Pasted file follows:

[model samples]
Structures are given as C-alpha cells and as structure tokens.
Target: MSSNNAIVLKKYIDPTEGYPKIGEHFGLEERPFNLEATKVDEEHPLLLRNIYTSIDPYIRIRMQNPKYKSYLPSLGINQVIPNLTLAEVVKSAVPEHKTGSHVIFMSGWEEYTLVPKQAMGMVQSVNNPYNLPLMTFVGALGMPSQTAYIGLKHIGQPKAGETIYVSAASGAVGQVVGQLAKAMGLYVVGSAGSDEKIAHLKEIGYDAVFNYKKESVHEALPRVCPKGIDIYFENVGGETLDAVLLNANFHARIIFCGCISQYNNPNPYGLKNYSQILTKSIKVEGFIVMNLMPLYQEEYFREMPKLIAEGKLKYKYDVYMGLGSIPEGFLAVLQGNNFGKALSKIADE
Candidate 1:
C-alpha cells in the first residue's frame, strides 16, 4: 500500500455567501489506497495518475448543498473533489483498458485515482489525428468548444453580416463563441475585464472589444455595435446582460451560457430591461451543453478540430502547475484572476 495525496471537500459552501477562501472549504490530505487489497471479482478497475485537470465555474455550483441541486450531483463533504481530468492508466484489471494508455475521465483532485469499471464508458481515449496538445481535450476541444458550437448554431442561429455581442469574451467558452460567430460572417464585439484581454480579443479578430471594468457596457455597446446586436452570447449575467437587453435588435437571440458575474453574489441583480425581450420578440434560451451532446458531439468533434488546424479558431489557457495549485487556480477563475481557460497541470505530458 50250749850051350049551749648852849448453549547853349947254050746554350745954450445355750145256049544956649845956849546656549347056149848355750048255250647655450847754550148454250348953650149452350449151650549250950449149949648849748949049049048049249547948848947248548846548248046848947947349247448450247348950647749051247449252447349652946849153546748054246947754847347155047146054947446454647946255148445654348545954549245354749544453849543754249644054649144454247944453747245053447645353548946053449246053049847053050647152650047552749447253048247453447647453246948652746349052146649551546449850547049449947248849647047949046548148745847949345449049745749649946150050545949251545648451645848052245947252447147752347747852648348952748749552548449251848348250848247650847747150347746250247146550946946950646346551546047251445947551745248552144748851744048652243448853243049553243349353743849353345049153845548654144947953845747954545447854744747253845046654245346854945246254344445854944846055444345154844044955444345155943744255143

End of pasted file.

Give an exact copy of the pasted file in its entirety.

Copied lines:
[model samples]
Structures are given as C-alpha cells and as structure tokens.
Target: MSSNNAIVLKKYIDPTEGYPKIGEHFGLEERPFNLEATKVDEEHPLLLRNIYTSIDPYIRIRMQNPKYKSYLPSLGINQVIPNLTLAEVVKSAVPEHKTGSHVIFMSGWEEYTLVPKQAMGMVQSVNNPYNLPLMTFVGALGMPSQTAYIGLKHIGQPKAGETIYVSAASGAVGQVVGQLAKAMGLYVVGSAGSDEKIAHLKEIGYDAVFNYKKESVHEALPRVCPKGIDIYFENVGGETLDAVLLNANFHARIIFCGCISQYNNPNPYGLKNYSQILTKSIKVEGFIVMNLMPLYQEEYFREMPKLIAEGKLKYKYDVYMGLGSIPEGFLAVLQGNNFGKALSKIADE
Candidate 1:
C-alpha cells in the first residue's frame, strides 16, 4: 500500500455567501489506497495518475448543498473533489483498458485515482489525428468548444453580416463563441475585464472589444455595435446582460451560457430591461451543453478540430502547475484572476 495525496471537500459552501477562501472549504490530505487489497471479482478497475485537470465555474455550483441541486450531483463533504481530468492508466484489471494508455475521465483532485469499471464508458481515449496538445481535450476541444458550437448554431442561429455581442469574451467558452460567430460572417464585439484581454480579443479578430471594468457596457455597446446586436452570447449575467437587453435588435437571440458575474453574489441583480425581450420578440434560451451532446458531439468533434488546424479558431489557457495549485487556480477563475481557460497541470505530458 50250749850051350049551749648852849448453549547853349947254050746554350745954450445355750145256049544956649845956849546656549347056149848355750048255250647655450847754550148454250348953650149452350449151650549250950449149949648849748949049049048049249547948848947248548846548248046848947947349247448450247348950647749051247449252447349652946849153546748054246947754847347155047146054947446454647946255148445654348545954549245354749544453849543754249644054649144454247944453747245053447645353548946053449246053049847053050647152650047552749447253048247453447647453246948652746349052146649551546449850547049449947248849647047949046548148745847949345449049745749649946150050545949251545648451645848052245947252447147752347747852648348952748749552548449251848348250848247650847747150347746250247146550946946950646346551546047251445947551745248552144748851744048652243448853243049553243349353743849353345049153845548654144947953845747954545447854744747253845046654245346854945246254344445854944846055444345154844044955444345155943744255143